Do you have any stories of being accepted/ left out as gay parents?

‘Pride and Joy’ is packed full of anecdotes and experiences, many of which will be instantly familiar to LGBT parents. One of the experiences that most interested me, was of bi parents in opposite-sex relationships, who felt they didn’t fit in anywhere: they didn’t feel like they would be accepted among gay parents because they were in ‘straight’ relationships, yet felt out-of-place in predominantly straight settings.

Do you have any thoughts on gender bias eg finding out the sex before birth or raising boys or girls to traditional gender views?

We devoted a whole chapter to gender in ‘Pride and Joy’ because we found the different attitudes and experiences were so fascinating, so I’d want to urge everyone to read the whole chapter! Being an LGBT family gives an opportunity for parents to challenge traditional gender roles or stereotypes, both in their own parenting styles and in how they bring up their children to express their gender identity. All the adult children of LGBT parents who we interviewed cited one of the main benefits of their upbringing as allowing them to express and understand their gender identity without having to behave in stereotypical ways. They said this was something they wanted to pass onto their own children too.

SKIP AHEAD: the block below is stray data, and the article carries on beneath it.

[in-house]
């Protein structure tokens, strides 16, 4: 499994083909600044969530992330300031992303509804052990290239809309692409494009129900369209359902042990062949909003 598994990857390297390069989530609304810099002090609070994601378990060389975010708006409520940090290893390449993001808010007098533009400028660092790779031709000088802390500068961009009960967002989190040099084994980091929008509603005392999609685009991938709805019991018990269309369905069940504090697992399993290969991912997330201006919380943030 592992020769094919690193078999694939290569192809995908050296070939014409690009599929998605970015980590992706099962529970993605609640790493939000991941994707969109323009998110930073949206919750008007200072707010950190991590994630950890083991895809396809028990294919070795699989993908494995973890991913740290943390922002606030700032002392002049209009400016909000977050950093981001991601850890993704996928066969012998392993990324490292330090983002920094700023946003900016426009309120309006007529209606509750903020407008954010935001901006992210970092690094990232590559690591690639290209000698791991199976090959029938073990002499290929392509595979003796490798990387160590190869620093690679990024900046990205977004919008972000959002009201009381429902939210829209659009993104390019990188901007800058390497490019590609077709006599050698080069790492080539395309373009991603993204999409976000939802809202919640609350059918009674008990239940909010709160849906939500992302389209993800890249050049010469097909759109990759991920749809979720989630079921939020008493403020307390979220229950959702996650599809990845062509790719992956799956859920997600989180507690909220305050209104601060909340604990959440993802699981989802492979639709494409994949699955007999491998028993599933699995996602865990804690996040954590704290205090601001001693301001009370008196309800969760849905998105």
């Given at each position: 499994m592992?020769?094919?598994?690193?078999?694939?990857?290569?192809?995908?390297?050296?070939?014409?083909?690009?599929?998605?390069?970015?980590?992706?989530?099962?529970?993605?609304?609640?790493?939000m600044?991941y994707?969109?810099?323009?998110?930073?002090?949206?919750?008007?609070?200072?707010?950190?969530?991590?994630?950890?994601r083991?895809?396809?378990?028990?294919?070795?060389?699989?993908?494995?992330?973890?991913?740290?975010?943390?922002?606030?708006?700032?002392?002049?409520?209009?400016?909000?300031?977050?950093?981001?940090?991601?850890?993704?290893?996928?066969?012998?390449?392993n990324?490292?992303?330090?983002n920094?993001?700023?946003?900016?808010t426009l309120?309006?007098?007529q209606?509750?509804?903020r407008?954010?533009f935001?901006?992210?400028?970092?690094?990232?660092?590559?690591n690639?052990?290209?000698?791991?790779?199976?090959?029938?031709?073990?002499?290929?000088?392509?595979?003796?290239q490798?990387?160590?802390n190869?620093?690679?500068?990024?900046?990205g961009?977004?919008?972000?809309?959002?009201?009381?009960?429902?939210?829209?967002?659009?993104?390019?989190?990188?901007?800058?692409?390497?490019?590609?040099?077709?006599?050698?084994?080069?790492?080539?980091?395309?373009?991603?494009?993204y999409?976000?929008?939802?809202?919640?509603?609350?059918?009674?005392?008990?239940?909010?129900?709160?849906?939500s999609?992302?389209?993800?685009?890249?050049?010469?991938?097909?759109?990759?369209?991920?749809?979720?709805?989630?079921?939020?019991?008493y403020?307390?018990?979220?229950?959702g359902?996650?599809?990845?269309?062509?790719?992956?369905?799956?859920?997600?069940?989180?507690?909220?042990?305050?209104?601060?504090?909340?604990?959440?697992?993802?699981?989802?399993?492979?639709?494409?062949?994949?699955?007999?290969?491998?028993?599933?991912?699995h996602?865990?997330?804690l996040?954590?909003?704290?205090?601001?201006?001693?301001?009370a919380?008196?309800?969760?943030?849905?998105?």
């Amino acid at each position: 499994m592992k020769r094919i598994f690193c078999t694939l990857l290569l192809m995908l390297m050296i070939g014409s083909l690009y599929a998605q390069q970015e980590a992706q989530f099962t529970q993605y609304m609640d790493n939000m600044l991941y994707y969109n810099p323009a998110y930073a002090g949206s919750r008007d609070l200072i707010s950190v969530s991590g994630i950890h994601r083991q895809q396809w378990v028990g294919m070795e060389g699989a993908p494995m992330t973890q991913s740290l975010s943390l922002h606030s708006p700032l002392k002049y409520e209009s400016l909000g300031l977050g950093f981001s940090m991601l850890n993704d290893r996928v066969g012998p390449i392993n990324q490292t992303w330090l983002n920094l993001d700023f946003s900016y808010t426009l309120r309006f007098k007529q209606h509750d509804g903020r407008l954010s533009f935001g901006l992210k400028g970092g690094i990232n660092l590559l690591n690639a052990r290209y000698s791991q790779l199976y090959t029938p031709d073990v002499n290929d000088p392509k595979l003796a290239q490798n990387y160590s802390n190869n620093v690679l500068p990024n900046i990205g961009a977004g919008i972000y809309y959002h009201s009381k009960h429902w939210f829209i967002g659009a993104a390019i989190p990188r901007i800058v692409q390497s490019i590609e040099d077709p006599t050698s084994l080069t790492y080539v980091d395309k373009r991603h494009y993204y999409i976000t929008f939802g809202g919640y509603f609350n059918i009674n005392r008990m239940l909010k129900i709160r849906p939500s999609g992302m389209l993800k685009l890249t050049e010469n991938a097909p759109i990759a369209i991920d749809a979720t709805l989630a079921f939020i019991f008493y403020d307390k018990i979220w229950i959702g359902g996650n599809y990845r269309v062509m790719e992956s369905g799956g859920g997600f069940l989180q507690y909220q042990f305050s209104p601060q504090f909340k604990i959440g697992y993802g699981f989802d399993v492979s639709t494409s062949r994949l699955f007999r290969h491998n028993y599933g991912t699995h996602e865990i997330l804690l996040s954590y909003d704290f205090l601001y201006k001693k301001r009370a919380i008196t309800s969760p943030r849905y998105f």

What does good parenting mean to you?

Love and acceptance. Academic studies into LGBT and other non-traditional families have consistently shown that love, stability and care more than any particular type of family structure increase positive outcomes for children. One of my favourite quotes in ‘Pride and Joy’ comes right at the end, when one parent reflects on all the things that make her and her family different. She’s a single parent, lesbian, disabled and Greek — but concludes that she doesn’t want her family, and her daughter to be beige and boring, instead she wants her daughter to shine brightly, reflect luminous and not to be afraid to be whoever she wants to be. You can’t get better than that.